G.3 Converting Decimals

Converting Decimals to Binary Numbers

In order to convert decimals to binaries, we reverse the process outlined in Section G.1 for converting a binary to a decimal.

4110 =

20x2

+ 1

Dividing 41 by 2, gives the quotient 20 and remainder 1.

2010 =

10x2

+ 0

We again divide the current quotient 20 by 2.

1010 =

5x2

+ 0

 

510 =

2x2

+ 1

We repeat this procedure until ...

210 =

1x2

+ 0

 

110 =

0x2

+ 1

... the quotient is 0.

4110 =

1010012

The divisor used in the steps above is the base of the target number system (binary, base 2). The binary value, 1010012, is represented by the remainders, with the last remainder as the left-most bit. Back substitution of the quotient gives the same result:

4110

= (((((0x2 + 1)x2 + 0)x2 + 1)x2 + 0)x2 + 0)x2 + 1

 

= 1x25 + 0x24 + 1x23 + 0x22 + 0x21+ 1x20

 

= 1010012

Converting Decimals to Octal and Hexadecimal Numbers

Analogously, we can apply the above procedure for converting an octal to a binary. The conversion for the decimal number 90 can be done as follows:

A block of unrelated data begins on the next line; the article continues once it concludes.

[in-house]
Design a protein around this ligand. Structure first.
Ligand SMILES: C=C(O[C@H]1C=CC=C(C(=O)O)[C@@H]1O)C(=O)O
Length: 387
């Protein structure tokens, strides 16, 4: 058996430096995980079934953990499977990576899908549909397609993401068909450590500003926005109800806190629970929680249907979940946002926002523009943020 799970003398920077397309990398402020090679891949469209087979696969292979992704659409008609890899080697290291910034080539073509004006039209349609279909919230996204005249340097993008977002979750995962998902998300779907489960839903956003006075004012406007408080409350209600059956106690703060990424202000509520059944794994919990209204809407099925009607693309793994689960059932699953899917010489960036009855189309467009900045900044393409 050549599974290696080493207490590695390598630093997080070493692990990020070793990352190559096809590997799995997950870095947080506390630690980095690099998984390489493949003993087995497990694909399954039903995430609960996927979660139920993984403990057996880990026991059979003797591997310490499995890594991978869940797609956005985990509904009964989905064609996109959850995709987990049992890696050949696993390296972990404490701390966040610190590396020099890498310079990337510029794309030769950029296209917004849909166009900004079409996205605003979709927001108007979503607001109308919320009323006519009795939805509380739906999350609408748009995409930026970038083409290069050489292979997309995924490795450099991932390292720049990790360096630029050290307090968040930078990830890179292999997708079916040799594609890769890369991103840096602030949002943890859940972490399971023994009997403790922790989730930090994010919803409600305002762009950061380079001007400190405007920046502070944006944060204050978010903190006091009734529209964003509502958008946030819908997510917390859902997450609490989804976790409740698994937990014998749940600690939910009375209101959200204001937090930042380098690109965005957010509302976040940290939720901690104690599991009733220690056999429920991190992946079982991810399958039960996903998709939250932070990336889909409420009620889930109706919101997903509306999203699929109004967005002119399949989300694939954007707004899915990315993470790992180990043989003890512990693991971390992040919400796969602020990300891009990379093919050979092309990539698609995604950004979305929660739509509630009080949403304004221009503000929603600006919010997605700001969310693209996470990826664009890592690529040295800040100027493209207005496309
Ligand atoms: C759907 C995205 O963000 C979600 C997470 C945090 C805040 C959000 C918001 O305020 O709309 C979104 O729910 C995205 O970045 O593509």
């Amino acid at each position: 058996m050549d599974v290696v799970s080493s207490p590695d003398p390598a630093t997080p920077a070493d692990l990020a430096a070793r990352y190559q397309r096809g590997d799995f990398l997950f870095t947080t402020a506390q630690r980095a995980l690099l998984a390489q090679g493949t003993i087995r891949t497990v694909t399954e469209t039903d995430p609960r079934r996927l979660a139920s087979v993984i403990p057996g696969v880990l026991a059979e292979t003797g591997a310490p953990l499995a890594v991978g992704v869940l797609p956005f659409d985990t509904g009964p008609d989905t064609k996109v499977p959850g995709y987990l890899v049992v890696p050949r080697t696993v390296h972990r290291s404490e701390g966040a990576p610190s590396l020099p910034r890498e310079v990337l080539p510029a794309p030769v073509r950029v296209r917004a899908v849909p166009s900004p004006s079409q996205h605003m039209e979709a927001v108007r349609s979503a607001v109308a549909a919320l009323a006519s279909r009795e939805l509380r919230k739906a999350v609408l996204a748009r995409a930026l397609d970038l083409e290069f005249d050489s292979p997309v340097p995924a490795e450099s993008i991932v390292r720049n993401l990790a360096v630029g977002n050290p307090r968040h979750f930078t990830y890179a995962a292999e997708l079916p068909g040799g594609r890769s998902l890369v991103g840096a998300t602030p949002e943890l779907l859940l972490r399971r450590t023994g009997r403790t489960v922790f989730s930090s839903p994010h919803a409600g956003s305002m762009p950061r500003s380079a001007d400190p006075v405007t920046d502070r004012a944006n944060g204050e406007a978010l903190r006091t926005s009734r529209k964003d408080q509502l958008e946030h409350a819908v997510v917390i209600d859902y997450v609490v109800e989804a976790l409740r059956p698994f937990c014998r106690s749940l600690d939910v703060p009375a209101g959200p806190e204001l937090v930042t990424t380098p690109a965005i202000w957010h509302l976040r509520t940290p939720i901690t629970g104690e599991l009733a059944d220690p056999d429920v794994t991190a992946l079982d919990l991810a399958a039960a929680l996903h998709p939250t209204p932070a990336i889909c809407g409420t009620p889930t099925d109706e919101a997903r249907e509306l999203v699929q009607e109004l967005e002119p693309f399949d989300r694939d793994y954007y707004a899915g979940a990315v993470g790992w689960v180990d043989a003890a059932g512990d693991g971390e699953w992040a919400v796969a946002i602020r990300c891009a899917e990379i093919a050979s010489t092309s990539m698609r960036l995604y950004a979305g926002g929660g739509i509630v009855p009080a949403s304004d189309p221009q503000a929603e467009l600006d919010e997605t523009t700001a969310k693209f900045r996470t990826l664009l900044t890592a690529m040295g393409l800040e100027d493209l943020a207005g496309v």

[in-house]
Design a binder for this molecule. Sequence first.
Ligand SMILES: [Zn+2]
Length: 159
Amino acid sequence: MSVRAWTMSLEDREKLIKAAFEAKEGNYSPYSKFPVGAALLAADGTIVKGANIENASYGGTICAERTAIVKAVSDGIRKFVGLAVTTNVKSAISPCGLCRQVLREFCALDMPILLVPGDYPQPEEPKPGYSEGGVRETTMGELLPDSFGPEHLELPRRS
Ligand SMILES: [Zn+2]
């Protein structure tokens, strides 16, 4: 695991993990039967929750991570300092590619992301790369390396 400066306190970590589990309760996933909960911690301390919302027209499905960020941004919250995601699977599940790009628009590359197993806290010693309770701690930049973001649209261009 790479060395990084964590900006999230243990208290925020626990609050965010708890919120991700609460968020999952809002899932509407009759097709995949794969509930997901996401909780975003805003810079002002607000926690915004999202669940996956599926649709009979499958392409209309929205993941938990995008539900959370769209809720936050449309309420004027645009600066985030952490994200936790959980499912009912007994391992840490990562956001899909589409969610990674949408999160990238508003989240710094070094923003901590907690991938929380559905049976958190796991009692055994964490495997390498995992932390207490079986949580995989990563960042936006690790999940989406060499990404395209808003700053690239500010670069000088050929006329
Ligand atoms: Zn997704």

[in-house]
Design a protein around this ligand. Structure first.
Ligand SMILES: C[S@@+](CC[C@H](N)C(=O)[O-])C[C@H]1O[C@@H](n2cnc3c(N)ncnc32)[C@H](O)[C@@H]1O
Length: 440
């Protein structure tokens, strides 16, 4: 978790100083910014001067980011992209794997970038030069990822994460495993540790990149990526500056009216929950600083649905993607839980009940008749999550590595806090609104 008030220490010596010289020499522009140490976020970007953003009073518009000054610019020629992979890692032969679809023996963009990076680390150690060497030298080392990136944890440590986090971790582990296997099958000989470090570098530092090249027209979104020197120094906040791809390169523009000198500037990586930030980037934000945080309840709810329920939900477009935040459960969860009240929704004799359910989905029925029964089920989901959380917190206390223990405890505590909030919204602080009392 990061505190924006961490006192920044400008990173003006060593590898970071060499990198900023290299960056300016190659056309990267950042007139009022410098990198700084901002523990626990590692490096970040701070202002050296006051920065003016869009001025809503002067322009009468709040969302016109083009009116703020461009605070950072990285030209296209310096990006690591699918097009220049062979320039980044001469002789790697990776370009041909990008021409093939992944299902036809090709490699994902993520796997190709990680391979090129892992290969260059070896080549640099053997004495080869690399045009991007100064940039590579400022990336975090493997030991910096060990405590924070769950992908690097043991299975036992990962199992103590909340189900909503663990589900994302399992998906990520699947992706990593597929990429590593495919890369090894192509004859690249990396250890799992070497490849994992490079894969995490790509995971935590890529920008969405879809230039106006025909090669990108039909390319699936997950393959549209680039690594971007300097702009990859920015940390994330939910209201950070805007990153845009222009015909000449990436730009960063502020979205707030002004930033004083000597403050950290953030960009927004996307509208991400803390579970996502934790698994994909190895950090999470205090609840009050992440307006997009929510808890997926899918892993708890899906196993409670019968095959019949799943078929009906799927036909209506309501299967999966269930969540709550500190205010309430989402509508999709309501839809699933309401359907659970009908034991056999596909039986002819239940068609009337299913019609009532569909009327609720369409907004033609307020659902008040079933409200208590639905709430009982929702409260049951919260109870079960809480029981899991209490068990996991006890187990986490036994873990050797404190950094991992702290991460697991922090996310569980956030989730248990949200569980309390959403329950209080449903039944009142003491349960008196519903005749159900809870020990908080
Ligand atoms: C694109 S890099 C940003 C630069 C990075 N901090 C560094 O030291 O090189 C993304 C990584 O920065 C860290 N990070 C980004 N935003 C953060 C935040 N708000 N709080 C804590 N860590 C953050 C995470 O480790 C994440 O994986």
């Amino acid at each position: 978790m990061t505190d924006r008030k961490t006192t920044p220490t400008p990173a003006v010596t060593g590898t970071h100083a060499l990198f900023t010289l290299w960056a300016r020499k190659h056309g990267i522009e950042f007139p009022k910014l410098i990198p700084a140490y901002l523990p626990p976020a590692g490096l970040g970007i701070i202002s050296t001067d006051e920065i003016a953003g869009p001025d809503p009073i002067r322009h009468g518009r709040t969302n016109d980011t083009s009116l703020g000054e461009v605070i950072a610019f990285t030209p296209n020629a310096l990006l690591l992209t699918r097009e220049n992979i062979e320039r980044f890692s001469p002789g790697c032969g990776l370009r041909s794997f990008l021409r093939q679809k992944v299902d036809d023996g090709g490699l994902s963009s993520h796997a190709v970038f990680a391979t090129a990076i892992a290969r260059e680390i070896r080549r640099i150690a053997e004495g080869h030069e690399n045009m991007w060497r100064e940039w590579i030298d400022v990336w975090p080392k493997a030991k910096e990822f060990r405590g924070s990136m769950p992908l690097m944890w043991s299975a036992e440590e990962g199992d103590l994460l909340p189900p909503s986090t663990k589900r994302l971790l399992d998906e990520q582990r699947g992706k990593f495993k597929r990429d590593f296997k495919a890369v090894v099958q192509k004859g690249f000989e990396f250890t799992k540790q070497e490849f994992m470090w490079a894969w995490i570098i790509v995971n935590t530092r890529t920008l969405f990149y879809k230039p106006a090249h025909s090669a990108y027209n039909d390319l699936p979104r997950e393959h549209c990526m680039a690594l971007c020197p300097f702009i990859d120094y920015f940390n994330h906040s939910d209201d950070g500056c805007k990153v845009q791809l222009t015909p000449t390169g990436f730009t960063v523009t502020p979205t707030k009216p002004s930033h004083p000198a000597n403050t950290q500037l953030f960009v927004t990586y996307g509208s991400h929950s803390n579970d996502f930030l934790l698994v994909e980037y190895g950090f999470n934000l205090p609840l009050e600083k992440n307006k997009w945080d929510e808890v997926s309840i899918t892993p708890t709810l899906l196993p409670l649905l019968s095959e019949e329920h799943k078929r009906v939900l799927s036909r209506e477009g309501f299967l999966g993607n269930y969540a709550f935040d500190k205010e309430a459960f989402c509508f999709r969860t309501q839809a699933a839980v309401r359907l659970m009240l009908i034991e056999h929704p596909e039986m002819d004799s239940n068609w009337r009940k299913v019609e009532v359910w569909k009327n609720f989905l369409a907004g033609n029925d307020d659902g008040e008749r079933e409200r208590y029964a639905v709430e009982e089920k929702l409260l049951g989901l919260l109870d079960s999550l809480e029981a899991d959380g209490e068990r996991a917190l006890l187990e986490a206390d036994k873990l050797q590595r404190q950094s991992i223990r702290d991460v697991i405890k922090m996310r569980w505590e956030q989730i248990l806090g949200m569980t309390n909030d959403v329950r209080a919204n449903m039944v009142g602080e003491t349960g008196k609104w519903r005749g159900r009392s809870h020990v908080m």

9010 =

11x8

+ 2

1110 =

1x8

+ 3

110 =

0x8

+ 1

9010 =

1328 = 0132

The remainder values represent the digits in the equivalent octal number: 1328. This can be verified by back substitution, which gives the following result:

9010

= ((0x8 + 1)x8 + 3)x8 + 2

 

= 1x82 + 3x81 + 2x80

 

= 1328 = 0132

Conversion to hexadecimal is analogous:

9010 =

5x16

+ 10

510 =

0x16

+ 5

9010 =

5a16 = 0x5a

The remainders represent the digits of the number in the hexadecimal system: 5a. Back substitution gives the same result:

9010

= (0x16+ 5)x16 +10

 

= 5x161 + ax160

 

= 5a16 = 0x5a



     
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